After differentiation into macrophages, the cells were tested for cholesterol efflux as induced by compound 2 of the invention. Cells were labeled by incubation for 24 hr in fresh growth medium containing [3 H]-cholesterol (10 μCi/ml) (PerkinElmer, Boston, Mass.), and 50 μg/ml acetylated-LDL (Frederick, Md.) and 1% Fetal bovine serum (Sigma, St-Louis, Mo.). Following labeling with [3 H]-cholesterol, cells were washed, and incubated for an additional 24 hr in serum-free media containing 1 mg/ml bovine serum albumin (Sigma, St-Louis, Mo.), to allow for equilibration of [3 H]-cholesterol with intracellular cholesterol. Cholesterol efflux was initiated by adding the 10 μg/ml ApoA-I (CalBiochem, La Jolla, Calif.), with or without Compound 2 (1 μM final concentration) in serum free media. Compound 2 was added to cultured cells from stock solution, and control cells received an equivalent amount of vehicle. After 24 hr, media were harvested and cells were dissolved in 1 mM HEPES, pH 7.5 containing 0.5% of a detergent Triton X-100 (Sigma, St-Louis, Mo.). Media were briefly centrifuged to remove non-adherent cells, and then aliquots of both the supernatant and the dissolved cells were counted by liquid scintillation spectrometry to determine radioactivity.

Cholesterol efflux is expressed as a percentage, calculated as

([3 H]Cholesterol in medium)/([3 H]Cholesterol in medium+[3 H]cholesterol in cells)×100

As shown in FIG. 4, compound 2 increases cholesterol efflux from THP-1 cells as compared to non treated cells.

Example 30 Oral Administration of Selected Compounds in the Treatment of Diet-Induced Hypercholesterolemia in Wild Type Sprague Dawley Rats (See Results in FIGS. 5 a–c)

Experimental Procedure: Six week-old male Sprague Dawley rats (obtained from Harlan of San Diego, Calif.) were housed in a fixed 12—12-hr artificial light-dark cycle, and maintained on a high cholesterol atherogenic diet (Paigen's Diet, obtained from Research Diet Inc. of New Brounswick, N.J.) was provided ad libitum. Animals were allowed six days to acclimate in this experimental environment prior to the initiation of the study.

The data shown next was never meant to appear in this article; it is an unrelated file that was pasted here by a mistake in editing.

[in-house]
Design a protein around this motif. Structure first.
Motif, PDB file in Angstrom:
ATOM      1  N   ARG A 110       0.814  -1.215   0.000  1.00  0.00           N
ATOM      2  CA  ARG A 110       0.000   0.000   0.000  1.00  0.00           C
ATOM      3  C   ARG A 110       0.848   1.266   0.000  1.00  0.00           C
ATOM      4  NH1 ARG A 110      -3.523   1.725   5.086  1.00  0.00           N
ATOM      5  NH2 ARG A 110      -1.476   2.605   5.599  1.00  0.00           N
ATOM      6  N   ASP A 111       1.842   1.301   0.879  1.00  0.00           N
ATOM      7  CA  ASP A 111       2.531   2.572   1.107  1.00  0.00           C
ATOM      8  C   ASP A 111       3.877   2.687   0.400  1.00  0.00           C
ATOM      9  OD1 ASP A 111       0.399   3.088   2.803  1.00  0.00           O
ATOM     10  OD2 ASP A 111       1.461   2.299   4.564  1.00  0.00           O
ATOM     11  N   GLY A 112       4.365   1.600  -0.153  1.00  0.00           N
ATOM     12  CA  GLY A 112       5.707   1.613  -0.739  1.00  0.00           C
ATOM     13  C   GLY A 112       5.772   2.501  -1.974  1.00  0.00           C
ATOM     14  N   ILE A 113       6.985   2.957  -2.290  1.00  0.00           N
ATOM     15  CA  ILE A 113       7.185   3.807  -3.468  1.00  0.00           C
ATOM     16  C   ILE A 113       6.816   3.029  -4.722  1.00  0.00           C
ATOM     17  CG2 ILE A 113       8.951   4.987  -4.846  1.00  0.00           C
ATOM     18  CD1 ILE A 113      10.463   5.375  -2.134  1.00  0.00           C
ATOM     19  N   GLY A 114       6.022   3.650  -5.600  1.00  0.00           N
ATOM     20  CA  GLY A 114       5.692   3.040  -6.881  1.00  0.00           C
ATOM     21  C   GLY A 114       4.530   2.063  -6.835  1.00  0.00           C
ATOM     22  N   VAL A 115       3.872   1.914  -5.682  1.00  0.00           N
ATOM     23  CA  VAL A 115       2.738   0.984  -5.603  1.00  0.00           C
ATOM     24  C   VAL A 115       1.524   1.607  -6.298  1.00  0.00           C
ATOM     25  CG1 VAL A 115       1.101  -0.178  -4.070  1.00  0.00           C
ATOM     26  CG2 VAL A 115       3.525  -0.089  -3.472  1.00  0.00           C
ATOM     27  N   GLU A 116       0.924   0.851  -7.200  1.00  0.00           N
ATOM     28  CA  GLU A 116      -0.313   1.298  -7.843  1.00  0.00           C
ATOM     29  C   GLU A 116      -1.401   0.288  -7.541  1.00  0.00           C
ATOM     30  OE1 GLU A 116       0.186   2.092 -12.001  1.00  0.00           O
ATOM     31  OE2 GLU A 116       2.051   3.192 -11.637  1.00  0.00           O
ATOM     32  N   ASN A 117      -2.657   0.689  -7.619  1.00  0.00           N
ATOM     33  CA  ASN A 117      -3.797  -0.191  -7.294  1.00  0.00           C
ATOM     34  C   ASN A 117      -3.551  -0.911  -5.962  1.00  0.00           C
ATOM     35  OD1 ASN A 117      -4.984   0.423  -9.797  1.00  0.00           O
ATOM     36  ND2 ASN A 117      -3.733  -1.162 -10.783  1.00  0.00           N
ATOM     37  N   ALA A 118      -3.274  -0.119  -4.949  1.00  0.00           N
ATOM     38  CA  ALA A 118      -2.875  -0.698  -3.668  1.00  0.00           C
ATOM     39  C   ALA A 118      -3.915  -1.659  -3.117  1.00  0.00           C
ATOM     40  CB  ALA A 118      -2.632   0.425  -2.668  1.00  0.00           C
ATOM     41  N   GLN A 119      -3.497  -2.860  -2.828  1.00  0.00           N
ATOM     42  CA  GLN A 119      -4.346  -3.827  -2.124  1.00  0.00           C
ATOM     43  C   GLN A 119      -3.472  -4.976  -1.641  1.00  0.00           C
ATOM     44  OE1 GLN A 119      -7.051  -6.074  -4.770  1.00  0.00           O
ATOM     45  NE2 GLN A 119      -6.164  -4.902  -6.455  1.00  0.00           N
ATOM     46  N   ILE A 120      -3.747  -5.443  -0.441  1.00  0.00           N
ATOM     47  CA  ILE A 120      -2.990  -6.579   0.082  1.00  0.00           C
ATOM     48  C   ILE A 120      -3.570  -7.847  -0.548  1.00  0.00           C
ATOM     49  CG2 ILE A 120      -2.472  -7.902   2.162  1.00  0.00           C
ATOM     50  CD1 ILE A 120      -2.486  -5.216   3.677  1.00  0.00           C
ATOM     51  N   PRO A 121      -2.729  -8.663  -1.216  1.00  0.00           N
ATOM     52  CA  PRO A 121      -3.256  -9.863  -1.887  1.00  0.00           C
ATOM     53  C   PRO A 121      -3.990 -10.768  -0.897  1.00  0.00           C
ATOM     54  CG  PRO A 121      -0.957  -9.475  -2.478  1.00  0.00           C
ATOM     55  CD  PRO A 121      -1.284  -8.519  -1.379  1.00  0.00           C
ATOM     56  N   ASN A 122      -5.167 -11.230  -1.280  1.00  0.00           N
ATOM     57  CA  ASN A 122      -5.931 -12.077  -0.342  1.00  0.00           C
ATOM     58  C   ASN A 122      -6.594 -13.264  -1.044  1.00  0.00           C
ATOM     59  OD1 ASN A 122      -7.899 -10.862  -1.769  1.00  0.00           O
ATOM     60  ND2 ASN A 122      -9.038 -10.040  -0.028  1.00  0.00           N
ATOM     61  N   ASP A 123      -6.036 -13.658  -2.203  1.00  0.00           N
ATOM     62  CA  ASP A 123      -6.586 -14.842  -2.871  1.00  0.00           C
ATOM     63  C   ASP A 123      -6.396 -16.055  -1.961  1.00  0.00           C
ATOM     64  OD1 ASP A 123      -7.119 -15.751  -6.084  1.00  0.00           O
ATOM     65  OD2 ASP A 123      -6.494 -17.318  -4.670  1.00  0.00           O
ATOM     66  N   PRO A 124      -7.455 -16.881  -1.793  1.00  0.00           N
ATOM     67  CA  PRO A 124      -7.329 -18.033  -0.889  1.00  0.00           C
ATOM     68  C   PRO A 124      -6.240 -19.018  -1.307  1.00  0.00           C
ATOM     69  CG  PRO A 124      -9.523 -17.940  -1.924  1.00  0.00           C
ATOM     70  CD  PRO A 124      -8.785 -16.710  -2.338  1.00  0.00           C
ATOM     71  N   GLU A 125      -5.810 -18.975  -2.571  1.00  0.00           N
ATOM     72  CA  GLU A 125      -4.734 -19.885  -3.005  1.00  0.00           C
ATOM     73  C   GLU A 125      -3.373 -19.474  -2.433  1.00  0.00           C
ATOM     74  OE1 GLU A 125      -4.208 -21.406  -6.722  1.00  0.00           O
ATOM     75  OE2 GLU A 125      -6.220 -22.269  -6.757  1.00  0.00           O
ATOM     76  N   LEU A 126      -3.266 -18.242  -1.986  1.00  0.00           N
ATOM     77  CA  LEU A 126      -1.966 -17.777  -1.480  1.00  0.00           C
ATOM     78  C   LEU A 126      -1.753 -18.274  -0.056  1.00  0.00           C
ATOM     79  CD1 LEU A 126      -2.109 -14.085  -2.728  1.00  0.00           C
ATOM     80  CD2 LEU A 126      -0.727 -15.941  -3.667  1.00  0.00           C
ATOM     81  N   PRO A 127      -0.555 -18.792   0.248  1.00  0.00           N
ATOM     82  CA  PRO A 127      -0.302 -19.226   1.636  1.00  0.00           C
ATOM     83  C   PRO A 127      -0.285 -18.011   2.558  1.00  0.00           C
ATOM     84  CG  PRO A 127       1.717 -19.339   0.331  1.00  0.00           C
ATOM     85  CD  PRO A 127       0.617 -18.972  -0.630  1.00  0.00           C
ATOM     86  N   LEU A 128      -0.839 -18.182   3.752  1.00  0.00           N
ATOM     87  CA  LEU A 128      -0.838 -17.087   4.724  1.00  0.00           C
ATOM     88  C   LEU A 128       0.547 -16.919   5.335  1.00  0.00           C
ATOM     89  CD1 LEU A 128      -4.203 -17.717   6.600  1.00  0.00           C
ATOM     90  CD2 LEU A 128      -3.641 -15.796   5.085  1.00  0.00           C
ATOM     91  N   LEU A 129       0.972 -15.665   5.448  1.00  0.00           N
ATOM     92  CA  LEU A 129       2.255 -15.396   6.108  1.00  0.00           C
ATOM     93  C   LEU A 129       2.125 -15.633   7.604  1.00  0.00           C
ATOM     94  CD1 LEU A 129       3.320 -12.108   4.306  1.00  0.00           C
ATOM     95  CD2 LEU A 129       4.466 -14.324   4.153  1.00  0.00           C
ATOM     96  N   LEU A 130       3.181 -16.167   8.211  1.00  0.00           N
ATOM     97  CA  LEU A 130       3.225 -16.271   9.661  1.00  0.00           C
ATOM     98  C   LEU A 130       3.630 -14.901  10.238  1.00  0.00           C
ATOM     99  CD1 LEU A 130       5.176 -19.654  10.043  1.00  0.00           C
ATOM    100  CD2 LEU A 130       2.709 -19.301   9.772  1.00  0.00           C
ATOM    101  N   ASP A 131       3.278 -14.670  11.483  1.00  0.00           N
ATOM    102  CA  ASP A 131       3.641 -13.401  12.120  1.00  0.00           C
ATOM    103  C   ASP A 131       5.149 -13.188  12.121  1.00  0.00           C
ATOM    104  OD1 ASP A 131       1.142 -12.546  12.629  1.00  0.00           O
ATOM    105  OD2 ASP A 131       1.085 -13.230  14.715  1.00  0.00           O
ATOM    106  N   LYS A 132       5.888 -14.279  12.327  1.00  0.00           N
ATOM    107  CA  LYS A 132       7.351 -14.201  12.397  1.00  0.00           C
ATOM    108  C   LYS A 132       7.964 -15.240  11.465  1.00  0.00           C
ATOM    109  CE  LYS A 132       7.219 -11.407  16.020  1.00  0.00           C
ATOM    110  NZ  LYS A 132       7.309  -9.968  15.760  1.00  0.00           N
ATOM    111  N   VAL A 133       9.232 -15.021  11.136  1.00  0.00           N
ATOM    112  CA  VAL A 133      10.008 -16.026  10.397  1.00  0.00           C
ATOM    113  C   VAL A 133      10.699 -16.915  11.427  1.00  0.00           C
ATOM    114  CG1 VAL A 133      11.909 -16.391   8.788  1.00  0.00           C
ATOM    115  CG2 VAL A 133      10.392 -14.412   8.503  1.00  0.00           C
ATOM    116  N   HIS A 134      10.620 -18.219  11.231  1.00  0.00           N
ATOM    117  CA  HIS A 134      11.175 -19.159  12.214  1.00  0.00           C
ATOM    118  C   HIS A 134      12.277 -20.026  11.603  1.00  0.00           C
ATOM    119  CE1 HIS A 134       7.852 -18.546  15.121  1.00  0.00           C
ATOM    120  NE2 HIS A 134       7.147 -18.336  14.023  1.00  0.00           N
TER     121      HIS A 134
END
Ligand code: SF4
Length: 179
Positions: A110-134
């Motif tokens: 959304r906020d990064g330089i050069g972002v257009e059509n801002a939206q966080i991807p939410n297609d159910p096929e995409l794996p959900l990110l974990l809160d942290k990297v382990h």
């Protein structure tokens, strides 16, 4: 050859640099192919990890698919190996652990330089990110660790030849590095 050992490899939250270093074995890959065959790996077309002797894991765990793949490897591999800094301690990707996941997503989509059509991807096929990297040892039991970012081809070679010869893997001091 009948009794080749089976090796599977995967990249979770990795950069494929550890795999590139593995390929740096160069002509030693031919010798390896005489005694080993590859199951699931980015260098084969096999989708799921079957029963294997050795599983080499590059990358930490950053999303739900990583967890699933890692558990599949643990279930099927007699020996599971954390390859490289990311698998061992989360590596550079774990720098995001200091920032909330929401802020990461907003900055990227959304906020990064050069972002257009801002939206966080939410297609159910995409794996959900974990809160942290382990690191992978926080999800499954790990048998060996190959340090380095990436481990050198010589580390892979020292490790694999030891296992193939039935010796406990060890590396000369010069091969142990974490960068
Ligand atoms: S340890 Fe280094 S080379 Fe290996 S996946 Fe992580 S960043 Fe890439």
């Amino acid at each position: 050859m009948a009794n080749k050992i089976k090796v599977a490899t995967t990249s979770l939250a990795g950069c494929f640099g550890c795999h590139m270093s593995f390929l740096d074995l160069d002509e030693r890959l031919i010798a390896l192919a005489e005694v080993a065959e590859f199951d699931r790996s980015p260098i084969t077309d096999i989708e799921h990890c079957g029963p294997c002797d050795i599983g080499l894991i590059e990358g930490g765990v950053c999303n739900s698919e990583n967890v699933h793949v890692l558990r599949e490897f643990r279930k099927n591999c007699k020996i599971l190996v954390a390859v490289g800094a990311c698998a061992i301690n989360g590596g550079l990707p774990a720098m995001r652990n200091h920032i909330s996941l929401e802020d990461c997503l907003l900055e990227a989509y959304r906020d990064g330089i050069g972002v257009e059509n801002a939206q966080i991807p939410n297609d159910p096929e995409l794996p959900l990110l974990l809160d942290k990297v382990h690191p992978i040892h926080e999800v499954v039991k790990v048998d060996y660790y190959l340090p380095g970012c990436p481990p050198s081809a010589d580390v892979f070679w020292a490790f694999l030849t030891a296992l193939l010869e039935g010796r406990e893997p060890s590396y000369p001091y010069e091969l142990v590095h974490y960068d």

Prior to initiation of treatment, the animals were bled from the tail vein (100–200 μL of whole blood) and serum levels of cholesterol were measured in duplicate (Cholesterol Infinity kits; Sigma, St. Louis, Mo.). Based on these initial measures, animals were sorted into groups with approximately the same average total cholesterol levels. Once sorted, the animals were housed three per cage and maintained on Paigen's diet ad libitum. All compounds to be tested were suspended in sesame oil and administered in a final volume of 3 ml/kg. Drug is administered by oral gavage once daily at the beginning of the artificial light cycle. To obtain a base line for lipid measurement, a control group maintained on standart rodent diet is included (lean control).

Treatment Group A (n=6/group): (See Results in FIG. 5 a)

    • 1) Lean control (Sesame Oil)
    • 2) Control
    • 3) Compound 2 (0.3 mg/kg)
    • 4) Compound 2 (1 mg/kg)
    • 5) Compound 2 (3 mg/kg)

Treatment Group B (n=6/group): (See Results in FIG. 5 b)

    • 1) Lean control (Sesame Oil)
    • 2) Control
    • 3) Compound 6 (3 mg/kg)

Treatment Group C (n=6/group): (See Results in FIG. 5 c)

    • 1) Lean control (10% HPβCD)
    • 2) Control
    • 3) Compound 25 (1 mg/kg)
    • 4) Compound 25 (3 mg/kg)
    • 5) Compound 25 (10 mg/kg)
    • 6) Compound 25 (15 mg/kg)
    • The compounds were dissolved in a 10% hydroxy propyl beta cyclodextrin solution, and administered to animals in a volume of 10 ml/kg/dose.